Mali's Junta Calls for Danish Troops to Leave the Country

Mali's Junta Calls for Danish Troops to Leave the Country

The Danish troops make up 10 percent of the Takuba counter-terrorism task force.


A consortium of fifteen countries, including France, urged the military government of Mali to rescind its demand for Danish peacekeepers to leave the country.

The Danish peacekeepers deployed in Mali are serving as part of the “Takuba Task Force,” the international military operation to assist the Malian military in its fight against Islamist extremist groups, including the West African Al-Qaeda and Islamic State (ISIS) local affiliate branches. Because the groups operate across borders, the task force cooperates with authorities in Mali, Niger, and Burkina Faso, the three Sahel countries hardest hit by the insurgency. Danish troops, including special operations forces and medics, account for roughly one-tenth of the 900 troops in the task force. 


While Mali’s military junta has not objected to the presence of the Takuba Task Force as a whole, it has said that the Danish troops within it should immediately withdraw and explicitly denied that they were there legally.

“No accord authorizes the deployment of Danish special forces to the Takuba Task Force,” the country’s interim government said on Wednesday. A handful of other nations nominally involved with the Task Force—including Hungary, Norway, and Portugal—have applied for Mali’s approval into the program but have not yet been accepted.

For their part, the European constituent countries of the Takuba Task Force have indicated that they view Denmark’s presence within Mali as lawful, arguing that Danish troops were acting “in full accordance with international and national laws in their support to the Malian armed forces and in their long-standing fight against armed terrorist groups.”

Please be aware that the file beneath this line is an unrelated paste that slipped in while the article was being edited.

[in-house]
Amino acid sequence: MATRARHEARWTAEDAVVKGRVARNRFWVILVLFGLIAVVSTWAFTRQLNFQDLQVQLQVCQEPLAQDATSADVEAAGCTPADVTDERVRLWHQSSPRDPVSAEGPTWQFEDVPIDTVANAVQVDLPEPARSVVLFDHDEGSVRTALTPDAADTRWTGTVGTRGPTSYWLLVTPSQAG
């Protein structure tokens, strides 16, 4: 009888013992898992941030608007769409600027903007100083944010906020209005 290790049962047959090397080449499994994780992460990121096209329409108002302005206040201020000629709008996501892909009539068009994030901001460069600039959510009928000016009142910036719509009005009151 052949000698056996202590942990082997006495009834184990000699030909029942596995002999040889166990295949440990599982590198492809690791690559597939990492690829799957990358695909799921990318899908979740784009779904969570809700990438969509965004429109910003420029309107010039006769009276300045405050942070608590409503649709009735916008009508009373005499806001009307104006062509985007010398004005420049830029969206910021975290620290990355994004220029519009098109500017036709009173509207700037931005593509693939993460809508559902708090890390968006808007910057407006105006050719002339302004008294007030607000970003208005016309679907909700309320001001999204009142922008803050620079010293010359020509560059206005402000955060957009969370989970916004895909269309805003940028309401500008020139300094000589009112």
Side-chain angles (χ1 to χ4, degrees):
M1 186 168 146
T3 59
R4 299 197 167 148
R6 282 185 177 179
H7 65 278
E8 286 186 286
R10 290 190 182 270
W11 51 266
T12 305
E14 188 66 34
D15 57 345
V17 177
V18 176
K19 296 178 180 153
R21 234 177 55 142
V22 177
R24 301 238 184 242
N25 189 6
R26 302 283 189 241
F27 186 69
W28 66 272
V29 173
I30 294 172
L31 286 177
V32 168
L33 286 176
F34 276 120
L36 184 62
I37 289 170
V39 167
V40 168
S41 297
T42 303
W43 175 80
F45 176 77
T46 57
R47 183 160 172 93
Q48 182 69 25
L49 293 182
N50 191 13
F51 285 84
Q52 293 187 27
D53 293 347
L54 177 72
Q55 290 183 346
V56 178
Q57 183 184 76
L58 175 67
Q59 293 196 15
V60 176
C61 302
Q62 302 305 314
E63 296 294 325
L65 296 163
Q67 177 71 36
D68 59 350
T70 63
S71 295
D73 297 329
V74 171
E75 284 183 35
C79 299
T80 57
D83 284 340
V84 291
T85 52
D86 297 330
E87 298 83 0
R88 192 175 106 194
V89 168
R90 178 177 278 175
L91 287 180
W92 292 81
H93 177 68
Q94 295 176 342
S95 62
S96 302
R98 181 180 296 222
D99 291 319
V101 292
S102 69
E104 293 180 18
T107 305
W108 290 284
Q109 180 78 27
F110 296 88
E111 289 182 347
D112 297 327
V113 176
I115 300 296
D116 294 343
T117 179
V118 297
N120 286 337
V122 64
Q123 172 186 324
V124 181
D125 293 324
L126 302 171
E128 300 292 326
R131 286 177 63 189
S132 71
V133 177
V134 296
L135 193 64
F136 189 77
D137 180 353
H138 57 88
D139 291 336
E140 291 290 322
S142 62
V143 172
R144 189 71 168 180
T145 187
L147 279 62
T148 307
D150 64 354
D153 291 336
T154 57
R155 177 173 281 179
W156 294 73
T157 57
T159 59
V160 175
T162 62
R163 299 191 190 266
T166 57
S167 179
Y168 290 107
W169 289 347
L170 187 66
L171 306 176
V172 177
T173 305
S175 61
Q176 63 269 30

The current iteration of Mali’s Islamist insurgency originated in 2012 after a failed attempt at secession by Tuareg rebels in the country’s north. The Tuaregs made tacit alliances with Islamist groups that later took over much of their territory. Although a French-led military intervention drove out the Islamists, reasserting the central government’s authority in the north, they retreated to Mali’s sparsely populated desert areas and spread to neighboring Niger, Nigeria, and Burkina Faso.

Relations between Mali and Western European countries have steadily deteriorated since the country’s first military coup in mid-2020. The coup was condemned by most European governments, driving a wedge between them and the new military junta.

Trevor Filseth is a current and foreign affairs writer for the National Interest.

Image: Reuters.